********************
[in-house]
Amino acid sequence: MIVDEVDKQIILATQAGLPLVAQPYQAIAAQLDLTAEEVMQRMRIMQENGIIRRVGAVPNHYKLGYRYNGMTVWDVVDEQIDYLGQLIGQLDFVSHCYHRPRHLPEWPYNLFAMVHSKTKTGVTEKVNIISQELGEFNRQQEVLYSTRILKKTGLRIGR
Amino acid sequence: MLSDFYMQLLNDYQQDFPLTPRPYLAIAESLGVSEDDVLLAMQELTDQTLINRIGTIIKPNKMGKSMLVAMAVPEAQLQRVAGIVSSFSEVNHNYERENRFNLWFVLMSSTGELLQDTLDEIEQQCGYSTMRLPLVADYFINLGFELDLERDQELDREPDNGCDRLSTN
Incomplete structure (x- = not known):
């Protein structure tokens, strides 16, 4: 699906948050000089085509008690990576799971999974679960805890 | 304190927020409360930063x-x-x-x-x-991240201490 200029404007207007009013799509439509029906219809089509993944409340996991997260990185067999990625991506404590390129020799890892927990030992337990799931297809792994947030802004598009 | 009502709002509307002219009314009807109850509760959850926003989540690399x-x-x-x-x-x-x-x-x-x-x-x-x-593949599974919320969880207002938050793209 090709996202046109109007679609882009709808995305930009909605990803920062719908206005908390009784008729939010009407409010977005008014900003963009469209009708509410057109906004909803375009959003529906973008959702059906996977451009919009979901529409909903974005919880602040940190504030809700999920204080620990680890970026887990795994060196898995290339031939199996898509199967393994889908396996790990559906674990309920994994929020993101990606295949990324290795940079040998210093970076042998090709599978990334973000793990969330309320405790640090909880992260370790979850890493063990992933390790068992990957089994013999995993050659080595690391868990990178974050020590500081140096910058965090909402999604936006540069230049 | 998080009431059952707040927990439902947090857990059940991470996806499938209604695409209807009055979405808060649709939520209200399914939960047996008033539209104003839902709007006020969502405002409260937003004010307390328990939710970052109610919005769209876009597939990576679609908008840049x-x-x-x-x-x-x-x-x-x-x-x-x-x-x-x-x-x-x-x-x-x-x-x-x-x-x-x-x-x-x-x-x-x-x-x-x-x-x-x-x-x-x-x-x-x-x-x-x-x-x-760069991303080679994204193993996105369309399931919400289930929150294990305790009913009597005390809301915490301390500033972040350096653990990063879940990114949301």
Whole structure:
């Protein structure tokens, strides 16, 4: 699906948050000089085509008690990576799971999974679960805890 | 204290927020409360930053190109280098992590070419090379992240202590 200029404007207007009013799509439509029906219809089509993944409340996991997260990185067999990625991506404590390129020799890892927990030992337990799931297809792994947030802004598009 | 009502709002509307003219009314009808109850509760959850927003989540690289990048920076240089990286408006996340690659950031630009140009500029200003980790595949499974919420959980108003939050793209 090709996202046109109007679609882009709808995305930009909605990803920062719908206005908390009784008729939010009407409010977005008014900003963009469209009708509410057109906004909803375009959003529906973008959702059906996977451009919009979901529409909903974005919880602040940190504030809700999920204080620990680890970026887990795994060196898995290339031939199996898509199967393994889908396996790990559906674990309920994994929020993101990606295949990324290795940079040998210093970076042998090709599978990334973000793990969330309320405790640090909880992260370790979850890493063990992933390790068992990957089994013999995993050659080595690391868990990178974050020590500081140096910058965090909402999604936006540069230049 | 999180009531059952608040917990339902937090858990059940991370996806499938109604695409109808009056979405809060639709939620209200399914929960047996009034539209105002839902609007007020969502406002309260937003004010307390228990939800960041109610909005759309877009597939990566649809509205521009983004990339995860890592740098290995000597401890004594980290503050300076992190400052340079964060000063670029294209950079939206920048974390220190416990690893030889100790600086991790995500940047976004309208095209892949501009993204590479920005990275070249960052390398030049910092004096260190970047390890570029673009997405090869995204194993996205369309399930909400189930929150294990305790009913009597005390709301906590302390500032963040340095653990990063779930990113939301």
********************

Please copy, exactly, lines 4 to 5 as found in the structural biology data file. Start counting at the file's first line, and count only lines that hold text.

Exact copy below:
Incomplete structure (x- = not known):
């Protein structure tokens, strides 16, 4: 699906948050000089085509008690990576799971999974679960805890 | 304190927020409360930063x-x-x-x-x-991240201490 200029404007207007009013799509439509029906219809089509993944409340996991997260990185067999990625991506404590390129020799890892927990030992337990799931297809792994947030802004598009 | 009502709002509307002219009314009807109850509760959850926003989540690399x-x-x-x-x-x-x-x-x-x-x-x-x-593949599974919320969880207002938050793209 090709996202046109109007679609882009709808995305930009909605990803920062719908206005908390009784008729939010009407409010977005008014900003963009469209009708509410057109906004909803375009959003529906973008959702059906996977451009919009979901529409909903974005919880602040940190504030809700999920204080620990680890970026887990795994060196898995290339031939199996898509199967393994889908396996790990559906674990309920994994929020993101990606295949990324290795940079040998210093970076042998090709599978990334973000793990969330309320405790640090909880992260370790979850890493063990992933390790068992990957089994013999995993050659080595690391868990990178974050020590500081140096910058965090909402999604936006540069230049 | 998080009431059952707040927990439902947090857990059940991470996806499938209604695409209807009055979405808060649709939520209200399914939960047996008033539209104003839902709007006020969502405002409260937003004010307390328990939710970052109610919005769209876009597939990576679609908008840049x-x-x-x-x-x-x-x-x-x-x-x-x-x-x-x-x-x-x-x-x-x-x-x-x-x-x-x-x-x-x-x-x-x-x-x-x-x-x-x-x-x-x-x-x-x-x-x-x-x-x-760069991303080679994204193993996105369309399931919400289930929150294990305790009913009597005390809301915490301390500033972040350096653990990063879940990114949301």